I found the chapters dealing with the Earth Peace Council dragged a bit. Their names were complicated and dialogue was stilted, but as soon as Senior Scientist Tane Roland was introduced, I was eagerly turning the pages again. I would have liked it if the author had let us see more into Tane's inner thoughts. He is an anomaly among the humans and it would have been great if his character had been fleshed out more. I would have also liked more back story for the major prison characters. A few fell flat for me.

Tane receives permission from the Council to awaken the newly improved bioengineered Grant Justice and from the moment Grant opens his eyes I was back under his spell. Grant was given an impossible task, but relying on his 600 year old military experience might just save the planet. The author kept Grant true to his ideals and morals throughout the book and it clearly reflected the author's military experience.

Without giving the climax away, I can say that I couldn't stop reading. Page after page flew by during the final chapters. This is an impressive debut novel for this author and I look forward to reading more by him.
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34 of 38 people found the following review helpful By Dr. Danger Esq. on July 27, 2010
Format: Kindle Edition
The plot sounds a little like Demolition Man, but this book takes it to another level. It gets inside the mind of a soldier and his desire to save man kind. I agree it does stall in a few places, but still well worth the read.
A strong start from the author who draws on his experience in the military. Its good to see former soldiers using their experience to expand the minds of future generations. Good work.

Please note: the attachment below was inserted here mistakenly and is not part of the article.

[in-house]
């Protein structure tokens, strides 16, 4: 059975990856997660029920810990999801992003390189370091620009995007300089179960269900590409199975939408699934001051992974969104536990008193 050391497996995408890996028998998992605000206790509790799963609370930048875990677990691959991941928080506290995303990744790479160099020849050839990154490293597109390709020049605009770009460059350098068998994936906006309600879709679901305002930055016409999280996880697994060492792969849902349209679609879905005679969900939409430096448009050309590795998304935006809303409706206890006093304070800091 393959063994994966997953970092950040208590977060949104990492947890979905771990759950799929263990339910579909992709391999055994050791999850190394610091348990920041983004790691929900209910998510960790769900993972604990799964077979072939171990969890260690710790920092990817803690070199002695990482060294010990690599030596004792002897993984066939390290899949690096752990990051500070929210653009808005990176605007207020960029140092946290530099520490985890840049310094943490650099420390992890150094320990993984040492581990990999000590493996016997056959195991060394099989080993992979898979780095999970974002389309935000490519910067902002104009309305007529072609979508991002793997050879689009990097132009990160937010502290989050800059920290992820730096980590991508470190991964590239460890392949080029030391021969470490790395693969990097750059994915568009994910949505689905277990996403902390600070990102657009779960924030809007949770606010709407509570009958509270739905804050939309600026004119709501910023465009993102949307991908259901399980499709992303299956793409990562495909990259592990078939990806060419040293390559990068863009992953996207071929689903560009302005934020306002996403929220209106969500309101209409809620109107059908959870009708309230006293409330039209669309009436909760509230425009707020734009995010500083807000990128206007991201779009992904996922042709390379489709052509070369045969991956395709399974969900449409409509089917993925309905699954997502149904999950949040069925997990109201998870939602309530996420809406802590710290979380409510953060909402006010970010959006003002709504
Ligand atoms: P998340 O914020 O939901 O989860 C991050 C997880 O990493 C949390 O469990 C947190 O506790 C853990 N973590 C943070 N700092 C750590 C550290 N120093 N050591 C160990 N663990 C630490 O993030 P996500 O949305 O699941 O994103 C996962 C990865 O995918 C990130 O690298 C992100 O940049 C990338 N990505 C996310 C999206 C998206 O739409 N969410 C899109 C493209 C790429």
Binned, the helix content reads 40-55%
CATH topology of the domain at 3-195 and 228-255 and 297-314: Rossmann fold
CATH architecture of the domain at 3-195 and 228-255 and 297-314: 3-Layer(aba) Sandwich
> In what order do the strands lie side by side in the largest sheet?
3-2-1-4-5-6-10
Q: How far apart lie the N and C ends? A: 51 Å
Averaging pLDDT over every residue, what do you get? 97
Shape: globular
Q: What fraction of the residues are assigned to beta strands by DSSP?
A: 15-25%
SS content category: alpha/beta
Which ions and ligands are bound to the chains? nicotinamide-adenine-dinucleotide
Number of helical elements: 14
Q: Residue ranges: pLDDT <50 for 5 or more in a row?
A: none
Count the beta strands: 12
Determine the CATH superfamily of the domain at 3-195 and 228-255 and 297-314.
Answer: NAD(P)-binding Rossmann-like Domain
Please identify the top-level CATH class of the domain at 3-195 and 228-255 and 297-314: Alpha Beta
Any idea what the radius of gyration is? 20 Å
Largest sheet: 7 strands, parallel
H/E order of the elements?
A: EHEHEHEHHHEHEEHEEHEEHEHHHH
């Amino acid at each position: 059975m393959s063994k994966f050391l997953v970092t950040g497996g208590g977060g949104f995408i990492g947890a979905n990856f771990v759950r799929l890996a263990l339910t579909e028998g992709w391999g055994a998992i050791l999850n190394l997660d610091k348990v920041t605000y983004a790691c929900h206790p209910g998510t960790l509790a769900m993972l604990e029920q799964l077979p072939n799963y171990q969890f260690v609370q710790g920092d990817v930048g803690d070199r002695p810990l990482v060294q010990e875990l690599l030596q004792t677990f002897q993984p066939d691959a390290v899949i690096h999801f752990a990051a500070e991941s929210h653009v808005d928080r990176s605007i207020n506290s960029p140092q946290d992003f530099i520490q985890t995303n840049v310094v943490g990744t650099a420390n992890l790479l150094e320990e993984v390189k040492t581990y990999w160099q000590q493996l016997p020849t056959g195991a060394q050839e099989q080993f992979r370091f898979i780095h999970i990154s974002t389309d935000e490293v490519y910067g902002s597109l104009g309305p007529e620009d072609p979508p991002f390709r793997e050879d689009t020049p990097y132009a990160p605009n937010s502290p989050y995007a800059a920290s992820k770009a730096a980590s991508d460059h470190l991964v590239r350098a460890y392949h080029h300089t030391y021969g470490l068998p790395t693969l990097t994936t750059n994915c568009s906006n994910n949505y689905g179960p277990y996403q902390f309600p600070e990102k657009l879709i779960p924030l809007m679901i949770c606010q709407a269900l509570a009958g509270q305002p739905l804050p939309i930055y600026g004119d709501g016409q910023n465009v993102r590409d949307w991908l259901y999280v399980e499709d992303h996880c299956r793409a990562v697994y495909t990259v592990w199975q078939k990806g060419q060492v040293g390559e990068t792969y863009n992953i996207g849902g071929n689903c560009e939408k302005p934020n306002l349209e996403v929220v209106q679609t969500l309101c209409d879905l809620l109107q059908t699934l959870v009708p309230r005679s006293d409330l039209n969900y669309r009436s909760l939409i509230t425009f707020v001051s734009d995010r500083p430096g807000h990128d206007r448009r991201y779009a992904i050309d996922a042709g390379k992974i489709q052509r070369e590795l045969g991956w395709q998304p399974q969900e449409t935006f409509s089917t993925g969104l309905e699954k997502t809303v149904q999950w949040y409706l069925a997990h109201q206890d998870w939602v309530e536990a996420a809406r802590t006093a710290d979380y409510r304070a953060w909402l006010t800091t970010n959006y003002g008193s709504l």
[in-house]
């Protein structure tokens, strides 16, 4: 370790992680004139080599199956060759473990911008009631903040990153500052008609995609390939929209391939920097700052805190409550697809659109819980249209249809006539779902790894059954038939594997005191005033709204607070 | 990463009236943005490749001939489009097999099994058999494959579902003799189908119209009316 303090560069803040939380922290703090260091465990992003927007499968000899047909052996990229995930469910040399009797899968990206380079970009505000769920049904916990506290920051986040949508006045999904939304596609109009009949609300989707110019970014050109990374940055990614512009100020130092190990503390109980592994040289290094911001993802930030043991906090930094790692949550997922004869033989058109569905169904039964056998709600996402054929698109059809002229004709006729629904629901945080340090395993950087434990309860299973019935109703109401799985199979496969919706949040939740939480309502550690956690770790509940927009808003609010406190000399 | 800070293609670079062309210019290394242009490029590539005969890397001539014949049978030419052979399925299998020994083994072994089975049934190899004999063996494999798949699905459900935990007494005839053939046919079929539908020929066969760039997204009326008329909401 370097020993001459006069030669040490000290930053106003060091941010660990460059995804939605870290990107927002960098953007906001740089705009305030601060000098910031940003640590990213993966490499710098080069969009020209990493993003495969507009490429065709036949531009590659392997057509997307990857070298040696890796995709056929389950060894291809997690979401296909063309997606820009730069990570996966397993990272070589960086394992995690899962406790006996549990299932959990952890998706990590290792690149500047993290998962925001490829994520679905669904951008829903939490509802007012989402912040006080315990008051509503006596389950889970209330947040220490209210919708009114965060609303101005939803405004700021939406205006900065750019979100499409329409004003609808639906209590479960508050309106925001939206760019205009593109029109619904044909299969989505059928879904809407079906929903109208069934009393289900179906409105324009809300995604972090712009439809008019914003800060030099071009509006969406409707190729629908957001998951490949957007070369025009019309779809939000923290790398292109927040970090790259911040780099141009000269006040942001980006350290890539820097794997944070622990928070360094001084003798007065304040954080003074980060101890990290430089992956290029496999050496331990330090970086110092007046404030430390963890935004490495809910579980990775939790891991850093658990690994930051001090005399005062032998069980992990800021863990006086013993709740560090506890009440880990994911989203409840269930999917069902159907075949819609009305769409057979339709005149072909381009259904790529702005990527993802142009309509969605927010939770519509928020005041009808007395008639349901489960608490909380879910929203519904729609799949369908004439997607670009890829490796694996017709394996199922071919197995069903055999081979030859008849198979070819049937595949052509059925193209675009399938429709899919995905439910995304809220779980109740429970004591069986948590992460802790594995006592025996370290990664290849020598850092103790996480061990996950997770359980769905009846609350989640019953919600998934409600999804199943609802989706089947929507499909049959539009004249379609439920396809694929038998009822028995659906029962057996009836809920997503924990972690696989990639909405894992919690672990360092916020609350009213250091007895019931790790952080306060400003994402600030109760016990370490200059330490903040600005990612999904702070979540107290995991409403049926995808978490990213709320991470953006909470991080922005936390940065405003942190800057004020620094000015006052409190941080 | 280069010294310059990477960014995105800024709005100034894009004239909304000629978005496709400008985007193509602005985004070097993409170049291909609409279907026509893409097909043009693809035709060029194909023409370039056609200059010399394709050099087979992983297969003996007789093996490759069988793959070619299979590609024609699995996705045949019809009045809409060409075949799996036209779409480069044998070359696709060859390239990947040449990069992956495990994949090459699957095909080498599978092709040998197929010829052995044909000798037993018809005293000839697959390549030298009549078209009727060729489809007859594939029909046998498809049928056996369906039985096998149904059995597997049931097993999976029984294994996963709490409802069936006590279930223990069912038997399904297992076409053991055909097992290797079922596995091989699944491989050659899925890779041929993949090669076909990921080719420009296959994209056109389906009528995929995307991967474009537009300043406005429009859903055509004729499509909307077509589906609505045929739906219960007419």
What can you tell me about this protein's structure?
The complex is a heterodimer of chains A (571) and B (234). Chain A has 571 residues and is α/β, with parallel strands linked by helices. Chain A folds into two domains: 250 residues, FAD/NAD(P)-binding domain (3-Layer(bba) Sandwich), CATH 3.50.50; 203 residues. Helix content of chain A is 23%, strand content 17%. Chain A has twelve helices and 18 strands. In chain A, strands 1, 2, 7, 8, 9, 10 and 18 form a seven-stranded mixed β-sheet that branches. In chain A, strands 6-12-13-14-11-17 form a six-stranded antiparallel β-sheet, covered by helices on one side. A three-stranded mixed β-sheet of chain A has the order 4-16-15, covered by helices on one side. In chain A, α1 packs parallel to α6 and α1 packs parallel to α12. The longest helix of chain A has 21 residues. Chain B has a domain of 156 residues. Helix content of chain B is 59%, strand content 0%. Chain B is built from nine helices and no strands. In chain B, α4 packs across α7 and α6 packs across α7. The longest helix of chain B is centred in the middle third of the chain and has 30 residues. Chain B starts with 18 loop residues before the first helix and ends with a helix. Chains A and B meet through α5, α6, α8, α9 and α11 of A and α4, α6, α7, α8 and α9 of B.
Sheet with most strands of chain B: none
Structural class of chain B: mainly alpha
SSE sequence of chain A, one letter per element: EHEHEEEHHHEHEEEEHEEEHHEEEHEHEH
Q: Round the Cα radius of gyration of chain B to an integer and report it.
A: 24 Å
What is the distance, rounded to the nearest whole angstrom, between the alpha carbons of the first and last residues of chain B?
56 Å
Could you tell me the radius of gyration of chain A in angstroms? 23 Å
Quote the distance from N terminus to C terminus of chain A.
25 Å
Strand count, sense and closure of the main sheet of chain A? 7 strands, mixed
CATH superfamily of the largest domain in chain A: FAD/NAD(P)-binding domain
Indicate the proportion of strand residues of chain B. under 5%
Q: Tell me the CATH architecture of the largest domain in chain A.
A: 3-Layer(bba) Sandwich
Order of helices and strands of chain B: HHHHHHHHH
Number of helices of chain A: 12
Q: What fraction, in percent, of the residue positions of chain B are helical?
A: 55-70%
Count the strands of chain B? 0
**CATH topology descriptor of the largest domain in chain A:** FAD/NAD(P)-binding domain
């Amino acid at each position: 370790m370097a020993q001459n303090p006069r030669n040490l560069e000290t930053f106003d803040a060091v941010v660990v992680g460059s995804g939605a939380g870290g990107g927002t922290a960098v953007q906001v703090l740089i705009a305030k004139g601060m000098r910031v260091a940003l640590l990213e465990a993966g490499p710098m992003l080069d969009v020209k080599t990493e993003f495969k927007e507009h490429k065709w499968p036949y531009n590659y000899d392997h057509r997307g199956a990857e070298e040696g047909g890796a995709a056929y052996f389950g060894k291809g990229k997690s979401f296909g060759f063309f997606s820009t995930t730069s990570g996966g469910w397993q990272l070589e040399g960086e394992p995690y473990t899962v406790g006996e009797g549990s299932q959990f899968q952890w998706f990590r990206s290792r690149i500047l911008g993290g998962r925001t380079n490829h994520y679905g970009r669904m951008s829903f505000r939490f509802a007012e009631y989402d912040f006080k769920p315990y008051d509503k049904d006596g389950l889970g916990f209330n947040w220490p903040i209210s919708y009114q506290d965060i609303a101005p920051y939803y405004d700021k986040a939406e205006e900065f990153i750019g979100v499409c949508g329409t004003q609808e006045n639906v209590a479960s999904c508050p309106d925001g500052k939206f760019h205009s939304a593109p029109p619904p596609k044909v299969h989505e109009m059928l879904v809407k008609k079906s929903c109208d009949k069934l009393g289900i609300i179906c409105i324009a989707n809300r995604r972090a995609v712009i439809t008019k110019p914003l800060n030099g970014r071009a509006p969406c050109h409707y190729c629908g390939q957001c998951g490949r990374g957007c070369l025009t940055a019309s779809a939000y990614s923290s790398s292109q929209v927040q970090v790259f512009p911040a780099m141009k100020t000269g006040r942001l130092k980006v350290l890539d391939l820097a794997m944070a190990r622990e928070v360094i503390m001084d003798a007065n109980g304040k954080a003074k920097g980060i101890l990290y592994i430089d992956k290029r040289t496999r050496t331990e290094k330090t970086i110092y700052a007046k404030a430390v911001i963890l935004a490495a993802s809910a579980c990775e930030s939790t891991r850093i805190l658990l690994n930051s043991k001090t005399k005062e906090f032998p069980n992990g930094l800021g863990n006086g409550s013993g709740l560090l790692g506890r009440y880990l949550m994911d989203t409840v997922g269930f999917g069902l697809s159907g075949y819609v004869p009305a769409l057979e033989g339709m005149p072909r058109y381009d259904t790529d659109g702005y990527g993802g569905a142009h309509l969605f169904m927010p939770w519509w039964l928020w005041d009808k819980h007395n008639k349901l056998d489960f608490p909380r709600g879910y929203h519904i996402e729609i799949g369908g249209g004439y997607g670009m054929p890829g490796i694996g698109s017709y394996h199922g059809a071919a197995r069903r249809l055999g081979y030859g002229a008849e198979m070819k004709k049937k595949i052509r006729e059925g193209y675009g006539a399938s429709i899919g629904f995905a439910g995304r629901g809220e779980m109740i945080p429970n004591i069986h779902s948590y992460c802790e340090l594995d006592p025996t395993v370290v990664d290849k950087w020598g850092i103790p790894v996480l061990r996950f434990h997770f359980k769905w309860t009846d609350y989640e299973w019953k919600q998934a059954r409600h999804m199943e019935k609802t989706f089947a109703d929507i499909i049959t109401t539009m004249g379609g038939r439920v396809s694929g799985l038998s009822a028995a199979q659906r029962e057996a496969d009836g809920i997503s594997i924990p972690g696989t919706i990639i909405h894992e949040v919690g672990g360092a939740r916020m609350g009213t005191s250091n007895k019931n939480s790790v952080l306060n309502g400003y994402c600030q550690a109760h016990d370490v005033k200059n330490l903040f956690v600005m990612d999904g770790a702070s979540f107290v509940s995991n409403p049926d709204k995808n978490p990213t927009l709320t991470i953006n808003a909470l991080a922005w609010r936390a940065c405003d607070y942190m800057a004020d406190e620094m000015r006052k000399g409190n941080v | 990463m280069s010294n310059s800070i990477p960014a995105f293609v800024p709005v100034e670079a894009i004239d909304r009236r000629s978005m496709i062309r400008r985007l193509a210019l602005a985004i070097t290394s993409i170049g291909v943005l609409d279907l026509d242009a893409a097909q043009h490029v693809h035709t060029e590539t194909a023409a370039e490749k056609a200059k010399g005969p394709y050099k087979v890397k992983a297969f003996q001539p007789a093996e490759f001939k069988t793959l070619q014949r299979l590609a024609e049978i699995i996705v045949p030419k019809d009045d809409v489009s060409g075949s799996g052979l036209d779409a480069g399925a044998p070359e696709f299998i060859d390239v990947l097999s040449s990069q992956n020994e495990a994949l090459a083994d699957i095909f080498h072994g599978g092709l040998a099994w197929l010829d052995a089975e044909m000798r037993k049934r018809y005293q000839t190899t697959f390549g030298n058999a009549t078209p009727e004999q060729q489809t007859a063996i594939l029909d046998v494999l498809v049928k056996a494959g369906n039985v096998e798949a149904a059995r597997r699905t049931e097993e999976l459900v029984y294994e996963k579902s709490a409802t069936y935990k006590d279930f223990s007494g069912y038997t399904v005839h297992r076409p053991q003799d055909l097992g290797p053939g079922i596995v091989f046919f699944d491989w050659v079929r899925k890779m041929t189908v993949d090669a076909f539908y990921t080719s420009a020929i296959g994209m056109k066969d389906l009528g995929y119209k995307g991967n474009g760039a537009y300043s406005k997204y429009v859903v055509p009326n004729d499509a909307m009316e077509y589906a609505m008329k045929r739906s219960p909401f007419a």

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57 of 70 people found the following review helpful By Julie Ann Dawson VINE VOICE on September 14, 2010
Format: Kindle Edition
For thousands of years, humanity has stood on the brink on annihilation as nations warred against each other for supremacy. Finally, when it seemed that all of the human race would be destroyed, the surviving cultures found a way to suppress their violent tendencies and achieve a lasting peace. But just as the human race had settled into the idea of a future without war, the empire-building Minith attacked and enslaved the Earth. Now, humanity is faced with a choice. Maintain the peace it sought for so long even if it means remaining enslaved to an alien species, or unleash its ancient warlike nature once more to liberate the planet.

This is the premise behind Peace Warrior. Steven L. Hawk presents a bleak future where humanity has lost both the ability and will to defend itself from an oppressive, alien regime. Unable to actually fight for themselves, however, humanity needs to find a hero. That hero is Grant Justice, a war hero frozen in time during the last great war who, through the science of cryogenics, is brought back to life to teach humanity how to defend itself.